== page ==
No easy task to achieve 7% growth: Premier Wen

Updated: 2011-03-14 10:42
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No easy task to achieve 7% growth: Premier Wen

Premier Wen Jiabao meets the press after the closing meeting of the Fourth Session of the 11th National People's Congress (NPC) at the Great Hall of the People in Beijing March 14. [Photo/Xinhua] 

BEIJING -- Chinese Premier Wen Jiabao said Monday that it is not easy to achieve a high-quality and efficient annual growth rate of seven percent during the 2011-2015 period.

Given China's increasingly large economic aggregate and the need to raise the quality and efficiency of its growth, "a seven-percent growth rate is not a low target," Wen told a press conference after the conclusion of the annual parliamentary session.

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China lowers its annual economic growth target to seven percent for the period of 2011-2015 from the target of 7.5 percent for the previous five years, according to the new five-year program adopted by the top legislature.

"The lowering of the target not only demonstrates the government's determination but also indicates a major move to transform the country's economic growth pattern," Wen said.

"We should make full use of this opportunity to adjust the economic growth pattern and address the unbalanced, uncoordinated or unsustainable factors that have existed in China's economy for a long time," said Wen.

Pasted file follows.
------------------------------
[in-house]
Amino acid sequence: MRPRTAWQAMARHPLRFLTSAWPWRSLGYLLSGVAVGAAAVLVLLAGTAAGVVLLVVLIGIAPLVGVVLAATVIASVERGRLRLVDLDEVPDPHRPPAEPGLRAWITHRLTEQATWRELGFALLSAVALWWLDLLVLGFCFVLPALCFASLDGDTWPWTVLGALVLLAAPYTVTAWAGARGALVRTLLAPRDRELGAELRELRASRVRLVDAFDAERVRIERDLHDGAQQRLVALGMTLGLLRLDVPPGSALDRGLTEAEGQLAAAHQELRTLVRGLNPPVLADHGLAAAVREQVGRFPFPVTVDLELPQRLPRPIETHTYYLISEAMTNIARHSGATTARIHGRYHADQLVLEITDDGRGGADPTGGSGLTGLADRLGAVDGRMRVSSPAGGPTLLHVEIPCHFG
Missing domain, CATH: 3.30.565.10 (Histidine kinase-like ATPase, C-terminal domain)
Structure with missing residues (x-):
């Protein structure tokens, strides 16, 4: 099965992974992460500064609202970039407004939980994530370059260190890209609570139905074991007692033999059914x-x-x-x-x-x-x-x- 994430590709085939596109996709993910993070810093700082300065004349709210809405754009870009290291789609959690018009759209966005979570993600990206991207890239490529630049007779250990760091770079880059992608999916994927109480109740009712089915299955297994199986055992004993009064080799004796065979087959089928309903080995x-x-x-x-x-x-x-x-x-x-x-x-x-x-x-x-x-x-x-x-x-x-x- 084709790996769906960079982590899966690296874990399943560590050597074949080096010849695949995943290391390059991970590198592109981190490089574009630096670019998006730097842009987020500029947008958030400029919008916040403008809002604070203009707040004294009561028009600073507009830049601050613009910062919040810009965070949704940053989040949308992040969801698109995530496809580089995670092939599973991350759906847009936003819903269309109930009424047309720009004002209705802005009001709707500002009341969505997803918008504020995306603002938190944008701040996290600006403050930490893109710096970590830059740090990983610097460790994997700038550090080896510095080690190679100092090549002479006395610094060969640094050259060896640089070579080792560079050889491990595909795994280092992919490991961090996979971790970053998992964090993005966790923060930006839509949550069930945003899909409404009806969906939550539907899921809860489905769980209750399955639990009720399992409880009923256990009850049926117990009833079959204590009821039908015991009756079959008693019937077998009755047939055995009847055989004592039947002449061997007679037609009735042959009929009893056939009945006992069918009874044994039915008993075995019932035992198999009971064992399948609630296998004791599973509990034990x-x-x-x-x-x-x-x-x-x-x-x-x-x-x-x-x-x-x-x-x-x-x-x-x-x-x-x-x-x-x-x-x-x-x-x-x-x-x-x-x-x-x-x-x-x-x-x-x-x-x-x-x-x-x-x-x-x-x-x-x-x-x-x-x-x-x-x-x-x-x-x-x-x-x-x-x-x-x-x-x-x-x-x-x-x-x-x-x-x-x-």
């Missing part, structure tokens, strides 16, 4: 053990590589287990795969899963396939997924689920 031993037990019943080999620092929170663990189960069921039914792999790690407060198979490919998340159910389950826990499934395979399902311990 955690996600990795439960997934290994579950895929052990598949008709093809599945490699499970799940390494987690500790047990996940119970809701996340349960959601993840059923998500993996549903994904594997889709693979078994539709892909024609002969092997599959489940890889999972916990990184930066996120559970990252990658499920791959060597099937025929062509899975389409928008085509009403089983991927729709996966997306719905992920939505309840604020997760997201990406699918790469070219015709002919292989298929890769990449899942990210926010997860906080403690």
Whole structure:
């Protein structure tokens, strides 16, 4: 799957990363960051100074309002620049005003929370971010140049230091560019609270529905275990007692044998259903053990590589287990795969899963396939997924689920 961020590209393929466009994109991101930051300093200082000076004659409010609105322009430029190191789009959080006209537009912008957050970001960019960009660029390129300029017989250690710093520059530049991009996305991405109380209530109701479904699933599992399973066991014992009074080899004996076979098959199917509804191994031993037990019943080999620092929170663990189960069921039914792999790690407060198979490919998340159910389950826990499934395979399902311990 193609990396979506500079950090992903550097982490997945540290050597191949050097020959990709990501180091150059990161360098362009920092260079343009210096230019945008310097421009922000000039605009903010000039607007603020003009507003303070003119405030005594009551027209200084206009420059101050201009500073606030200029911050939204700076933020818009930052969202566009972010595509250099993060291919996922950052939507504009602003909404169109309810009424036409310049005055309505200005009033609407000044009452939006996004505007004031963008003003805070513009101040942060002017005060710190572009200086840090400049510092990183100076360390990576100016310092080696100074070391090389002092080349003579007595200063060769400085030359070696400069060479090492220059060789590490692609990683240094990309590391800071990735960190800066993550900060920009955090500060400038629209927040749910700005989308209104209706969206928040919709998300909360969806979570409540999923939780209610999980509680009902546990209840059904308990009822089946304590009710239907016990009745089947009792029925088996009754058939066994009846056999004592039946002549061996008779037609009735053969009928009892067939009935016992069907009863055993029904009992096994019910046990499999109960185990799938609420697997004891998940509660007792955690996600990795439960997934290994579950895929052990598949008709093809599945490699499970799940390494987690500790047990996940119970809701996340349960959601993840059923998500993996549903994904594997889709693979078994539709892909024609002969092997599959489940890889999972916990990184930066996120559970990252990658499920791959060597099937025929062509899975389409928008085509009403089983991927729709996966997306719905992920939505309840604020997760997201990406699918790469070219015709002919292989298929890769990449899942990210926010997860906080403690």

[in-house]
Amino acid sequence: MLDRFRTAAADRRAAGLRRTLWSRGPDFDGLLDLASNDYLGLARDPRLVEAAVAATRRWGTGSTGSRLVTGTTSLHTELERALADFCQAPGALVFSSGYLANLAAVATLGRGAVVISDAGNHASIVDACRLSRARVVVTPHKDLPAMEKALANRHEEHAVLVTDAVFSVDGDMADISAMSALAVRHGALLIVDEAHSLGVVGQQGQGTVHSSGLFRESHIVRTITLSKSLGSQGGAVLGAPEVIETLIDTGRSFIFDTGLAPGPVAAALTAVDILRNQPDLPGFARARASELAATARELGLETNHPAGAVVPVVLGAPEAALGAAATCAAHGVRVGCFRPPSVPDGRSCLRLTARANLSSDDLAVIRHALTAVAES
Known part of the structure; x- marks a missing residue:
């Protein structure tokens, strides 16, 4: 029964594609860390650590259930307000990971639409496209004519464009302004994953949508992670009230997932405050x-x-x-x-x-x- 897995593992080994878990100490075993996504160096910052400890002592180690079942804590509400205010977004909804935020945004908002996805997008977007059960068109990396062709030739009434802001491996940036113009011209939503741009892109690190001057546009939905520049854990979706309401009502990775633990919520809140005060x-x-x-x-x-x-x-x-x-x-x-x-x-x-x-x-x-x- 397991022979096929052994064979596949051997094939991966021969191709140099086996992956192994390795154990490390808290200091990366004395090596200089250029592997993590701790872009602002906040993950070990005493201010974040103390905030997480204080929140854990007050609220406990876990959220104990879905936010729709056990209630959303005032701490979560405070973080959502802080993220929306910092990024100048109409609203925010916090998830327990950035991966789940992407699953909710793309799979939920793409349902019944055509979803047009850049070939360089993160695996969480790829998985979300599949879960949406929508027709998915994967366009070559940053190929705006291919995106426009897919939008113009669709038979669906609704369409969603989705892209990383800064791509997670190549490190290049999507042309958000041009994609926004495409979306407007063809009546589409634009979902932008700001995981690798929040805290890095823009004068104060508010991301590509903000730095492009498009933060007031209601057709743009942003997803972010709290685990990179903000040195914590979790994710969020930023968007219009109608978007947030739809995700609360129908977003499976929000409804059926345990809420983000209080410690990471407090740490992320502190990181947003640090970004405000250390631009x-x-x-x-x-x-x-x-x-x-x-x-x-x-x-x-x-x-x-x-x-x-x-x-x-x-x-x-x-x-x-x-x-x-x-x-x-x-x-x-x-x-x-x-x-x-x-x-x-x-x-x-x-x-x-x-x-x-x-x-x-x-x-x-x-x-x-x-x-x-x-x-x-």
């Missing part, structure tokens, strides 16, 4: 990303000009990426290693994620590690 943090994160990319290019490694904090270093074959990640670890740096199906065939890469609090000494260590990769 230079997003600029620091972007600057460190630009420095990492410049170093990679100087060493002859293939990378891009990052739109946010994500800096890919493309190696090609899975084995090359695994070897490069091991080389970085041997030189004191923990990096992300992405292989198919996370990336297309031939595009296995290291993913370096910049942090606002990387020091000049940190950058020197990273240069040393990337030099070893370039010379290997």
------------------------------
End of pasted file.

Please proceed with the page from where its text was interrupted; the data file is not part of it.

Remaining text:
He added that China must strike a balance between economic growth speed, job creation and inflation control.

"A fast growth speed would bring more jobs but lead to high inflationary pressure; A slower speed means less new jobs and risks economic recession," the premier said.

With the economy expected to grow slower during the 2011-2015 period, the Chinese government will make every effort to cope with the rising employment pressure, Wen said.

"I think this poses a great test to the government, but we have the determination that we will ease the pressure successfully," Wen said.

The government must pay close attention to economic restructuring, and give priority to developing small and medium-sized enterprises, especially small hi-tech firms, and developing the service sector, including producer services, which would help create more jobs, said Wen.